|US20090152267 *||Dec 18, 2007||Jun 18, 2009||James Alexander Corporation||Container Assembly|
|US20090152295 *||Dec 18, 2007||Jun 18, 2009||James Alexander Corporation||Container Assembly|
|US20090152296 *||Dec 18, 2007||Jun 18, 2009||James Alexander Corporation||Container Assembly|
|US20090196675 *||Jan 29, 2009||Aug 6, 2009||James Alexander Corporation||Dispenser and process|
|US20090253981 *||Apr 3, 2008||Oct 8, 2009||Hamilton Brian H||Skin Marking Tool for Radiological Imaging Material|
|US20090255953 *||Jun 22, 2009||Oct 15, 2009||James Alexander Corporation||Dispenser and process|
|US20100083773 *||Oct 2, 2009||Apr 8, 2010||Eppendorf Ag||Sample carrier|
|US20100318041 *||Dec 16, 2010||C Smart Products, Llc||Method and apparatus for single-use cream or liquid applicator|
|US20110138749 *||Jun 16, 2011||Donald Chow||System and method for manufacturing a tubular container with opening and closing means|
|US20110160635 *||Dec 24, 2009||Jun 30, 2011||Baschnagel Robert J||Cotton balls, cotton swabs and cotton swab holder|
|US20120189977 *||Jan 18, 2012||Jul 26, 2012||Heraeus Kulzer Gmbh||Applicator for a dental liquid|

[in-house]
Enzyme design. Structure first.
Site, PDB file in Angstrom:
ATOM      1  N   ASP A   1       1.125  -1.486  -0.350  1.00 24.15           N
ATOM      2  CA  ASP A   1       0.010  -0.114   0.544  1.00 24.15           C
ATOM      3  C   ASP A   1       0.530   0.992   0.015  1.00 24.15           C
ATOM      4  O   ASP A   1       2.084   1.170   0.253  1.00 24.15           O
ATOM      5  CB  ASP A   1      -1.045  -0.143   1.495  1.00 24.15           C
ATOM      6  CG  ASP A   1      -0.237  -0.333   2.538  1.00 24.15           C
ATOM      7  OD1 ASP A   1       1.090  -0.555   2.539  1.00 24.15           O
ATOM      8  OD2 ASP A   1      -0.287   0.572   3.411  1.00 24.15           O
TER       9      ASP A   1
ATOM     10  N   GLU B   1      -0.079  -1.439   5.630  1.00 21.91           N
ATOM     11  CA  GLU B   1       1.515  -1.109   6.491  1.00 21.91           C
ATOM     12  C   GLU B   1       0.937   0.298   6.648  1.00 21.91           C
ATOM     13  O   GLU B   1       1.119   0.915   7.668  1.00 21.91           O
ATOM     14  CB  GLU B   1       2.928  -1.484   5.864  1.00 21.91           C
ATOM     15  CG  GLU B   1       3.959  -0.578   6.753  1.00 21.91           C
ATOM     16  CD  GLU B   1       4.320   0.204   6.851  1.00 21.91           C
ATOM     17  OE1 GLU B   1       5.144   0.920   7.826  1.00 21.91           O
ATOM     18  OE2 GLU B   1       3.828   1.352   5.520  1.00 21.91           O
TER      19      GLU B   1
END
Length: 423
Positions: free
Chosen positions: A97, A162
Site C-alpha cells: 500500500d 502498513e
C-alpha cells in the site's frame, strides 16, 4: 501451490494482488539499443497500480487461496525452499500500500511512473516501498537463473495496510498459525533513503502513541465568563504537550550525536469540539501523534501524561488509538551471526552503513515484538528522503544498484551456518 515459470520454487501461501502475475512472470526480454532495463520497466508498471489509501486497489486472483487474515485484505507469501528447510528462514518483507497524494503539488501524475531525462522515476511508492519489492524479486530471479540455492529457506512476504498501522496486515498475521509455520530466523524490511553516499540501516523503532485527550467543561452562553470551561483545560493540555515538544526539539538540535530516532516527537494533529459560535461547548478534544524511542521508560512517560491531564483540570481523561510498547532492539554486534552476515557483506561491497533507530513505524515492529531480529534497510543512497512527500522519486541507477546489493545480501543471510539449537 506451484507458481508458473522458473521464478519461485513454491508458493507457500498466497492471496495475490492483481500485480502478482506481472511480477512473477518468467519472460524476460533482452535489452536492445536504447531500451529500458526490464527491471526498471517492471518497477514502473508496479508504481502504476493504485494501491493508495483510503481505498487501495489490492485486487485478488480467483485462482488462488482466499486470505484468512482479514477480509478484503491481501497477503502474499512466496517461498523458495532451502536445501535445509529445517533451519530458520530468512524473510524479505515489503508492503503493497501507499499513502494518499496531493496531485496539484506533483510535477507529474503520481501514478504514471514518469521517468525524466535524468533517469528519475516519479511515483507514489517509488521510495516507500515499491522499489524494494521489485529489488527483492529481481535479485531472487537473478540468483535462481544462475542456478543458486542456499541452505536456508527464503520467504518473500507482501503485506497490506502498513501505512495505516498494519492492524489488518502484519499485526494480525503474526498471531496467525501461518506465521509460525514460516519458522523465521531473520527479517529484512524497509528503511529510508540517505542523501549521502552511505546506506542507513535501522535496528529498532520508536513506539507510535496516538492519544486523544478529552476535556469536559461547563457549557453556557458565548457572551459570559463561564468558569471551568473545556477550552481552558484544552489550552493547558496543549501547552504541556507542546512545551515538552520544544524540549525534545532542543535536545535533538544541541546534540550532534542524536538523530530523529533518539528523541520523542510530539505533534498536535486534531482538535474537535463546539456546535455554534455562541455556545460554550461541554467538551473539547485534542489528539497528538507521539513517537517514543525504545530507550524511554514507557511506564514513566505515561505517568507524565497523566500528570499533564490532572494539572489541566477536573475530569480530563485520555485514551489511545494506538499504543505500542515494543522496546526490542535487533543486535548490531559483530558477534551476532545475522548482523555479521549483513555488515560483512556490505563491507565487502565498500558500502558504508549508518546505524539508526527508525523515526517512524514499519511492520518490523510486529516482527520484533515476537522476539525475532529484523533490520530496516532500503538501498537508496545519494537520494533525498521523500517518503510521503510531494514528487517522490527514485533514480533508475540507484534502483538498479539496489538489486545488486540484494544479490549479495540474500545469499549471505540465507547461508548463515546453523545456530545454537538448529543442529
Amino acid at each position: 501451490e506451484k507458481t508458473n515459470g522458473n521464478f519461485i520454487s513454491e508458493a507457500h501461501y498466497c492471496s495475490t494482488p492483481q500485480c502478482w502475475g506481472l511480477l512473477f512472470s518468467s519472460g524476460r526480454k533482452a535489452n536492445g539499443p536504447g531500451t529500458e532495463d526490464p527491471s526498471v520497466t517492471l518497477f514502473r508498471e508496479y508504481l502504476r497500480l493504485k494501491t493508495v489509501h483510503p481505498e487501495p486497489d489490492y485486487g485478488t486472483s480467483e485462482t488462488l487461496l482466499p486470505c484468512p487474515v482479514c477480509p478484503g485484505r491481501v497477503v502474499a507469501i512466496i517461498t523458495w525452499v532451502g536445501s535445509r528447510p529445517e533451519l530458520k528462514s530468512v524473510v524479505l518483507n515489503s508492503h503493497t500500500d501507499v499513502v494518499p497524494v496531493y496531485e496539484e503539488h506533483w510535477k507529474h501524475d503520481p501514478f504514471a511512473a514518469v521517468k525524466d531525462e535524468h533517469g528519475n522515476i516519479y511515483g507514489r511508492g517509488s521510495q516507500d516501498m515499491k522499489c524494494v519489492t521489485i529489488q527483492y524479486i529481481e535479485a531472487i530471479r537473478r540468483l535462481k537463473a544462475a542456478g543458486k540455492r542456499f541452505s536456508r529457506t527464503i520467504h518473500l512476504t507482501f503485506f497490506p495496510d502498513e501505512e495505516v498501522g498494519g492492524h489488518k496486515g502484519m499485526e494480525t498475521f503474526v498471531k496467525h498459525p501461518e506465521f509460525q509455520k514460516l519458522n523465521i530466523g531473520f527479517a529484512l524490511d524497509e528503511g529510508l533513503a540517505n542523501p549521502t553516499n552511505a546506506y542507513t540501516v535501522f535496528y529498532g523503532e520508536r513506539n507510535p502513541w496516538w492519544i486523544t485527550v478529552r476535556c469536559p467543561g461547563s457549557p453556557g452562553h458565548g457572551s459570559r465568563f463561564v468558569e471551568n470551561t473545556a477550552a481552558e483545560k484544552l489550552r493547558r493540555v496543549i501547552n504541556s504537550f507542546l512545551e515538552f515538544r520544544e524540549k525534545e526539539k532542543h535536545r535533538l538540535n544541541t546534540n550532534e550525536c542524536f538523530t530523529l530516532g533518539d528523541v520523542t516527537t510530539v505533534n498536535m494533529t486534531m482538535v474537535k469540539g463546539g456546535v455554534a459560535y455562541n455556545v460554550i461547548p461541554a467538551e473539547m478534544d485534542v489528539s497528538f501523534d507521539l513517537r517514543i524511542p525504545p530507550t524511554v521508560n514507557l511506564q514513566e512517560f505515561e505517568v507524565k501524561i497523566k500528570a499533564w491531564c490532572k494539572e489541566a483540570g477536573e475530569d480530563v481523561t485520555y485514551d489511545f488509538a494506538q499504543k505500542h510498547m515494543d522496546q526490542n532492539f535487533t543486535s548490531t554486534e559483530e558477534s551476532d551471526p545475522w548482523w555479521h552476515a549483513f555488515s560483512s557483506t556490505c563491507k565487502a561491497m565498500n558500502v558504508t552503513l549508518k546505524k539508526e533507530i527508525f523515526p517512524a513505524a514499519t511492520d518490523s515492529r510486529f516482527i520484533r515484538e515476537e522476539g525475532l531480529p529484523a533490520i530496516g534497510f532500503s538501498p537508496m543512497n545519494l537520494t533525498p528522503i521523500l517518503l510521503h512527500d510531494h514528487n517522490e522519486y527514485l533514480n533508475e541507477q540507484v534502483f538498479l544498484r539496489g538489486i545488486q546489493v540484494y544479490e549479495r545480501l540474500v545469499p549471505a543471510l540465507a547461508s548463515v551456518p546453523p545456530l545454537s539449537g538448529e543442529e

|US20120219350 *||Feb 25, 2011||Aug 30, 2012||Mei-Ling Pauling Han||Brush head|
|US20130324948 *||Mar 11, 2013||Dec 5, 2013||Robert J. Baschnagel||Cotton balls, cotton swabs and cotton swab holder|
|US20140123418 *||Jan 9, 2014||May 8, 2014||Mei-Ling Pauling Han||Brush Head|
|CN100459954C||Aug 4, 2004||Feb 11, 2009||李美玲||Miniature squirt brush|
|CN100519362C||Jun 7, 2004||Jul 29, 2009||曹荣华||Sealed container with enclosed opening means|
|EP0553534A1 *||Aug 7, 1992||Aug 4, 1993||Chien-Hua Tsao||A tubular container and packages for the same|
|EP0862482A1 *||Mar 4, 1996||Sep 9, 1998||Richard J. May||Fluid dispenser|
|WO1991012197A1 *||Feb 7, 1991||Aug 22, 1991||Cp Packaging, Inc.||Unit dose assembly|
|WO1998011852A1 *||Sep 18, 1997||Mar 26, 1998||The Boots Company Plc||Fluid dispenser|
|WO2002042175A1 *||Oct 18, 2001||May 30, 2002||Amphastar Pharmaceuticals Incorporation||Pre-filled disposable pipettes|
|WO2004073783A1 *||Feb 18, 2004||Sep 2, 2004||Lemoine S.A.||Liquid product applicator and method and machine for producing one such applicator|
|WO2004094162A1 *||Apr 22, 2003||Nov 4, 2004||Garry Tsaur||Container with applicator|
|WO2004099020A1 *||Apr 29, 2003||Nov 18, 2004||Garry Tsaur||Container and applicator|
|WO2005013759A1 *||Jun 7, 2004||Feb 17, 2005||L'oreal||Hair coloring system and test device capable of being used in such a system|
|WO2005016169A1 *||Jul 20, 2004||Feb 24, 2005||Johnny Steve Han||Interproximal squirt brush|